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Nations at war
Johnson, Carl. Little Hell: The Story of the 2/22nd Battalion and Lark Force. Blackburn, Victoria: History House - Jenkin Australia Pty Ltd, 2004
x + 310 pages
Foreword; Introduction; Acknowledgements; maps; photos; news clippings; Suggested Reading; Abbreviations; Bibliography; Indexes
Appendices: Nominal Rolls; Decorations, Awards and Citations; Family Combinations; Surviving Veterans; Civilians Lost; MS Herstein; Civilians Evacuated
Some of the most interesting and compelling stories of World War II revolve around small units fighting hopelessly against overwhelming odds in isolated conditions. One of the classics of the genre involves the Australian 2/22nd Battalion (which, along with attached units, comprised Lark Force) during the Japanese invasion of the Bismarck Archipelago in 1942. The battalion was little more than a token force, completely insufficient to defend such a large region against the tide of enemy air, ground, and naval forces. Lark Force was quickly overwhelmed at Rabaul and most of the troops captured. A few successfully evaded the Japanese and eventually escaped, but the majority were swept into captivity under the usual grueling conditions with a pitifully low rate of survival, especially because of one particular incident.
The story of 2/22nd and Lark Force is one among many events which has assumed almost mythical proportions in Australia, where in general the Aussies tend to take military history more seriously than many other nations. Carl Johnson has compiled a great many pieces of 2/22nd history into a highly evocative kaleidoscope of letters, newspaper clippings, photos, and brief memoirs. While not a unified narrative of the course of the battle and its aftermath, Johnson's approach provides a detailed look into the personal side of young Australians thrown into battleor, as some historians might say, thrown awayin the early days of the war in the Pacific.
The first chapter looks at the formation and training of the battalion in Australia. In this chapter, overflowing with photos of rows and rows of young soldiers arrayed by companies and platoons, the author writes a straightforward narrative interspersed with newspaper clippings, printed souvenirs, and rosters. The chapter ends with a letter from Private Jack Groat to his dear Aunt Lou.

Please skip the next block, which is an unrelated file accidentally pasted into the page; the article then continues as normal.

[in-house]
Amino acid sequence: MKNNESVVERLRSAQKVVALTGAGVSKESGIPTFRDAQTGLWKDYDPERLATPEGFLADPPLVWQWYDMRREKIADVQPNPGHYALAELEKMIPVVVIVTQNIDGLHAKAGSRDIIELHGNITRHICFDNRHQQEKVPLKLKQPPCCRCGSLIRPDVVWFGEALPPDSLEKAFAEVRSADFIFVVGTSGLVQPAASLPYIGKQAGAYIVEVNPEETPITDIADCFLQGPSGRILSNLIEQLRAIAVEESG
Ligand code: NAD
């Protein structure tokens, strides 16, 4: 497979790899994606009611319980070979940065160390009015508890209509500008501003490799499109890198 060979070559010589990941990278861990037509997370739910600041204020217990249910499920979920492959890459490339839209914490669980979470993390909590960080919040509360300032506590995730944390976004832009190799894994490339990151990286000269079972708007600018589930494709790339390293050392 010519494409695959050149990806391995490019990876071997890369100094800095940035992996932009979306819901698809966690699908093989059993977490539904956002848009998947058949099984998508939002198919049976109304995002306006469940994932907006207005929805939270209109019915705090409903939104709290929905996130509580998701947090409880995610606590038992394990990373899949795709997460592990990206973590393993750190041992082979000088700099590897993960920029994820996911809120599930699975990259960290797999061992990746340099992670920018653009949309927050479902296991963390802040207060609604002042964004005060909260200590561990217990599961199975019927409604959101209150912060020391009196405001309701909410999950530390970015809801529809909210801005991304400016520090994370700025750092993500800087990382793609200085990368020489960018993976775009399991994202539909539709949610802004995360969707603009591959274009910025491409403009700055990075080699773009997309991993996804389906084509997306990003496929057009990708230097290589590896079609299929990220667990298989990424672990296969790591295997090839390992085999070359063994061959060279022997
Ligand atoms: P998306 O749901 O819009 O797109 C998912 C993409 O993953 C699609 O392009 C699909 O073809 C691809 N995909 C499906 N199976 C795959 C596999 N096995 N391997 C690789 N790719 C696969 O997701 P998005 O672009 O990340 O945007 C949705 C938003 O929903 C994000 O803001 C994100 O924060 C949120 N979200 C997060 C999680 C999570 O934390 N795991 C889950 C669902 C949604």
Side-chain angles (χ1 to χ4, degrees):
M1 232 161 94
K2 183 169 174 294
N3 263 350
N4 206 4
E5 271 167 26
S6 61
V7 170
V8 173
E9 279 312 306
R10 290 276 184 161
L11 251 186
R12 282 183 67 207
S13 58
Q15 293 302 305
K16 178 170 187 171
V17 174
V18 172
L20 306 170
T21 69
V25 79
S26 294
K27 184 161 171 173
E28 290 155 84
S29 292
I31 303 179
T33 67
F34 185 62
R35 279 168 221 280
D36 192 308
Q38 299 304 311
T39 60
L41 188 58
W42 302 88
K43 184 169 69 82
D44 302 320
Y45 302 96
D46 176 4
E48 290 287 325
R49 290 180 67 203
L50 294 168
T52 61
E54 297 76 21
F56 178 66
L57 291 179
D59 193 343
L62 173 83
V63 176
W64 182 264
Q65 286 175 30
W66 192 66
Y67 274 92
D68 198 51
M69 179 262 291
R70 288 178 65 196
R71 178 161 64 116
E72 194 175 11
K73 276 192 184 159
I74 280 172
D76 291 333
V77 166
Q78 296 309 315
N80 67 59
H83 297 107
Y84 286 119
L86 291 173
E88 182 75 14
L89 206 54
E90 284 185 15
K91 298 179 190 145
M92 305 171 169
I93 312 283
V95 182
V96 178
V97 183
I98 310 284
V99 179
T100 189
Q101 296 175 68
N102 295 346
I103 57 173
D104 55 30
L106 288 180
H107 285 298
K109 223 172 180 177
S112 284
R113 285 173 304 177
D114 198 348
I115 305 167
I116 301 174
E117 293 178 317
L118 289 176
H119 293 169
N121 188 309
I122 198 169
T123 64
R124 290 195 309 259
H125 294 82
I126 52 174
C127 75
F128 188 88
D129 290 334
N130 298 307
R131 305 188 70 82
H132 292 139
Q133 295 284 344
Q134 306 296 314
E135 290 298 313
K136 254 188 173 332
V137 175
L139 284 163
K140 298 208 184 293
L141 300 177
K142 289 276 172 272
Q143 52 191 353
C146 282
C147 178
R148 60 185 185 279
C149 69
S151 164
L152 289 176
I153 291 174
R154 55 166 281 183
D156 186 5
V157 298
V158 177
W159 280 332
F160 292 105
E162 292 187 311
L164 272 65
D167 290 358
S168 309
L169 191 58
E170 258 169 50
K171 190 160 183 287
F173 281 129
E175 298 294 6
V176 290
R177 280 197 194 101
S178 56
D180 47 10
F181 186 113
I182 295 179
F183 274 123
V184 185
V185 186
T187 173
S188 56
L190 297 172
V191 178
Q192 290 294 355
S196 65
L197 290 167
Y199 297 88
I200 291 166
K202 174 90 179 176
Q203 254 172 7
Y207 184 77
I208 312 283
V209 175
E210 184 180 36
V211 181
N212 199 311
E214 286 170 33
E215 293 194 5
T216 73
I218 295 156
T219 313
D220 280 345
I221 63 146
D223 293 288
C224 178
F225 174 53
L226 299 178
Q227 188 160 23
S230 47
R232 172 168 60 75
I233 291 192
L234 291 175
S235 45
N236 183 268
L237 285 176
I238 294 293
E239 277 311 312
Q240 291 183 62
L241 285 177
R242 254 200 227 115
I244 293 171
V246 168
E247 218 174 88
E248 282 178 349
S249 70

The second chapter covers the arrival of the unit and its duty at Rabaul prior to the Japanese invasion. Unlike the first chapter, this one is made up entirely of letters written home by various soldiers, along with the usual assortment of photos. Surprising to these unlearned eyes, several photos depict baseball teams comprised of players from the 2/22nd.
Chapter Three begins with a page of "Events before landing" and "Events during and after landing" followed by a series of first person after action reports from Lark Force survivors. Here's one of the shorter pieces:
Awakened at 0245 hours. First shot fired about 0350 hours.
Mortars keep up heavy fire. Air was
alive with darting bullets (tracer) about 0400
hours. Stretcher-bearers came up for Bluey and
Peachy. Japs doing a lot of yelling in gullies. Planes
arrived with the daylight and the fun really
started. Had landed troops behind our Company
as well as along the side. Two platoons pulled out
at about 0540 hours. We stayed to hold them.
Pulled out at 0645 hours with the Japs very close.
Had a terrible climb up ridge to get out. Planes
were machine gunning all troops.
Would only travel about twenty yards and then
dive for cover. Reached the top in five hours
almost done. Had dumped a lot of equipment.
Had drink out of tin hats at a Coon's tank. We
climbed off the skyline into deep gully. After
travelling some distance we decided to have a
sleep for a while, as we were nearly all jiggered.
Slept about an hour. Got out of gully, which was
another steep climb and had a coconut each.
Crossed our first road and after getting off the
road a little we made camp for the night. A native
boy brought us water, coconuts, bananas, and
pawpaw. Made down to sleep but it started to
rain so had to shift in a kunai hut. Was just